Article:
French Socialist candidate holding Paris rally

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Their challengers aren't far behind.

The polls have four candidates - centrist Emmanuel Macron, conservative Francois Fillon and communist Jean-Luc Melenchon - neck and neck within the margin of error.

What has been interesting about this Presidential race has been that most of the polls have agreed that Macron will win both the first and second round of voting, however, there is a lot of divergence between bookmakers on the implicit chances of Fillon and Le Pen winning the first round.

The pro-Europe Macron continued his appeal on Wednesday via social media and with a rally in the western city of Nantes. She held her final rally of the campaign in Marseille, where there was tight security after police uncovered evidence of a planned terror attack earlier this week.

Two polls on Tuesday showed Mr. Fillon and Mr. Melenchon still a few percentage points away from Le Pen and Mr. Macron.

Gaspard Flamant says he fears Le Pen will win the election's first-round vote.

Alain Juppe, also beaten by Fillon in the primaries but a more popular figure than Sarkozy, will be at Fillon's side on the campaign trail on Wednesday, a member of Fillon's entourage said.

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A source close to the investigation said on Wednesday that the candidate featured on the newspaper cutting was Fillon.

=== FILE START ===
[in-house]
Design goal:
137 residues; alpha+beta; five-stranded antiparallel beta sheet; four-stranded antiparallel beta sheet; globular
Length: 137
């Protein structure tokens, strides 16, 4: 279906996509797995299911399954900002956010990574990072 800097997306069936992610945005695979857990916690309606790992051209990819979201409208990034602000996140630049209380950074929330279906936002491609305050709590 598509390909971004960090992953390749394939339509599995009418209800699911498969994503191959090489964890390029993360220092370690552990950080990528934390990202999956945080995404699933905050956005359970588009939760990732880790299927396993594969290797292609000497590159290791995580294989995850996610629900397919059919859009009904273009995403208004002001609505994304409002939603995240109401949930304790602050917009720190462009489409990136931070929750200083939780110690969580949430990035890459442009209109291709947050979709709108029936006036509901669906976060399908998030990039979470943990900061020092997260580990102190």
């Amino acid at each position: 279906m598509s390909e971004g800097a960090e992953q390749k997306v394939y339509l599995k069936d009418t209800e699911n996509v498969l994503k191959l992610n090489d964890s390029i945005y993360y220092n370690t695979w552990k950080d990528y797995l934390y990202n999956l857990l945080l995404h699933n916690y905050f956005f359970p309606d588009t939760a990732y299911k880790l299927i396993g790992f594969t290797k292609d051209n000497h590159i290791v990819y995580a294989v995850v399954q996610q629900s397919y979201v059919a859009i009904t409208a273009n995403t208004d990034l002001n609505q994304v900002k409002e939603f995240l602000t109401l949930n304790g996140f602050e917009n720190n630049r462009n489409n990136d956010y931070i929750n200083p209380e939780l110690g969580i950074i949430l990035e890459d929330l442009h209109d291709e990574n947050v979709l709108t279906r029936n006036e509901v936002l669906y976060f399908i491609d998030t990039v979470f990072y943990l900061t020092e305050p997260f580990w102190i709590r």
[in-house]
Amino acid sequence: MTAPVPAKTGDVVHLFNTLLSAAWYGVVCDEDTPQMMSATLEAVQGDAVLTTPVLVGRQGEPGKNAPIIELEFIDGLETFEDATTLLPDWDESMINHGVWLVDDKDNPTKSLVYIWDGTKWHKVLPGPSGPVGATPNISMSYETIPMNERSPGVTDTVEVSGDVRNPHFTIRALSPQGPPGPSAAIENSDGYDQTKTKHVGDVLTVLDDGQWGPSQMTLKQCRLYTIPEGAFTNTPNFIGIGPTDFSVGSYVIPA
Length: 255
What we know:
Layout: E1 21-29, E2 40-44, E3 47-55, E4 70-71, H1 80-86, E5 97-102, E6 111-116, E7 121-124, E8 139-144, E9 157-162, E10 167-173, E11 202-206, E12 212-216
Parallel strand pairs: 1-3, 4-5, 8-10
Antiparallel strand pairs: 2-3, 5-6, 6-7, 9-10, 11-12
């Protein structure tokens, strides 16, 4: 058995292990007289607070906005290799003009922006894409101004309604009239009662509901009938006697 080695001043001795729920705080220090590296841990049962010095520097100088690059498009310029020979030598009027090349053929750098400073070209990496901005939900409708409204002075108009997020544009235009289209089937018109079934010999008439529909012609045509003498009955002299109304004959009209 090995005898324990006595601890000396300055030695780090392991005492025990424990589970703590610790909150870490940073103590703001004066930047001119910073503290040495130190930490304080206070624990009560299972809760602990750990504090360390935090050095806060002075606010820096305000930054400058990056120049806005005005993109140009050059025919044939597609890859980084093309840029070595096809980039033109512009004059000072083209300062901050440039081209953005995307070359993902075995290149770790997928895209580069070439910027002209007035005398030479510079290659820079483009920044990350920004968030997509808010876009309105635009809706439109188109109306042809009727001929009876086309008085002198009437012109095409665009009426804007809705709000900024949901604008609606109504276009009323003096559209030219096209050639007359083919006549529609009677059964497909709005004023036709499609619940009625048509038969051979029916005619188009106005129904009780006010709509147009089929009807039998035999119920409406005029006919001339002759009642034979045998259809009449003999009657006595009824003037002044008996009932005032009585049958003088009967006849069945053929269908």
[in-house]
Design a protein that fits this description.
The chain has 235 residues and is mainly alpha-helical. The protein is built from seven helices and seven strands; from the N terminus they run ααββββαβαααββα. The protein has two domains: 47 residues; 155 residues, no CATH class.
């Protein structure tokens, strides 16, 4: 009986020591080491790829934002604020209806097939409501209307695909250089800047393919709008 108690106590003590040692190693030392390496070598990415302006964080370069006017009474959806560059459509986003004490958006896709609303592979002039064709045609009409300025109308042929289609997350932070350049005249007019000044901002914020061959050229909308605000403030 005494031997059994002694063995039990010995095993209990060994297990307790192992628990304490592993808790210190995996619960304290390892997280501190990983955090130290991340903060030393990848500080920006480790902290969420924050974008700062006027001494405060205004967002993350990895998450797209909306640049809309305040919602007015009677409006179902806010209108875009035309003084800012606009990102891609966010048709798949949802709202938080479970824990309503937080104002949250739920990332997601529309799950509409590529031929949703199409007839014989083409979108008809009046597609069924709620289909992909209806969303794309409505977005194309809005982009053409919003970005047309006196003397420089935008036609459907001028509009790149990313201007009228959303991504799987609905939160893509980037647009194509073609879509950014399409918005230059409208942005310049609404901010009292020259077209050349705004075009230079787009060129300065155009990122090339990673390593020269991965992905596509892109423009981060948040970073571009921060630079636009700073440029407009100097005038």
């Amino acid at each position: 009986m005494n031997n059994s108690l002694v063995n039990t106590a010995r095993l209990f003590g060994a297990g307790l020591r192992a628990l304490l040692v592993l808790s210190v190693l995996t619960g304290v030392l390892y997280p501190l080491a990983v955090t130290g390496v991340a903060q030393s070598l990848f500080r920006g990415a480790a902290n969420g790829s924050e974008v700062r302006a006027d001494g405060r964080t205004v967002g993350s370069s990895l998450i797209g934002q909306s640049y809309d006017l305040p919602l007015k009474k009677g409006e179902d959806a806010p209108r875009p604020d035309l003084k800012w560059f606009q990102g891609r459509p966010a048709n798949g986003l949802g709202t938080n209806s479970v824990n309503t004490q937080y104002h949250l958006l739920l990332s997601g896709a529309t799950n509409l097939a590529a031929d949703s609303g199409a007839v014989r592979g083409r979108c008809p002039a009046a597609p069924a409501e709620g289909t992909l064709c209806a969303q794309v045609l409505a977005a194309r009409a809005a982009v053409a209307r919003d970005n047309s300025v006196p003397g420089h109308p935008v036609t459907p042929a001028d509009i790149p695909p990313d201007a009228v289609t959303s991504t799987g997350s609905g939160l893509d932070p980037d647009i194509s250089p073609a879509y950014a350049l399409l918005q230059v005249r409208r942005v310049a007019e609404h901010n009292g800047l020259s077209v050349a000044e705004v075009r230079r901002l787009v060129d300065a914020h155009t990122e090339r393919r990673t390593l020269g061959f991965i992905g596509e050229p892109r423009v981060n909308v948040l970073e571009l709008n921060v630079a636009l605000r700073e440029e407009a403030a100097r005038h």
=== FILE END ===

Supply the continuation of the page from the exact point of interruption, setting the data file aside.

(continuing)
Melenchon is a Far Left candidate, so we could see a sell-off in French stocks, as his economic policies may not be considered positive for corporate France. After a good showing in television debates and at rallies, his promises to tax the rich and renegotiate France's role in the European Union and trade deals have attracted voters who have rejected the Socialist party, led by candidate Benoit Hamon. French presidential election candidate for the En Marche! movement Emmanuel Macron reacts during his visit at the KRYS group's headquarters in Bazainville, near Paris Tuesday April 18, 2017. They dropped to about 12 percent, before rising steadily from mid-March to his current 19 percent.

With millions of French voters still undecided or planning to abstain, the vote is the most unpredictable in France in decades and investors are nervous about potential last-minute surprises that could trigger market turmoil.

Socialist candidate Benoit Hamon promised that if he won France's presidency he would give asylum to Edward Snowden, the former U.S. National Security Agency contractor who has taken refuge in Moscow since revealing details of secret U.S. government eavesdropping programs in 2013.

Her speech provoke a spontaneous outburst of the national anthem from her crowd of supporters.

Cevipof is the center of political research of Sciences Po, the Paris Institute of Political Studies, a university in the French capital.

The election race for a successor to the deeply unpopular Francois Hollande has become increasingly tense as the gap between the leading candidates shrinks.

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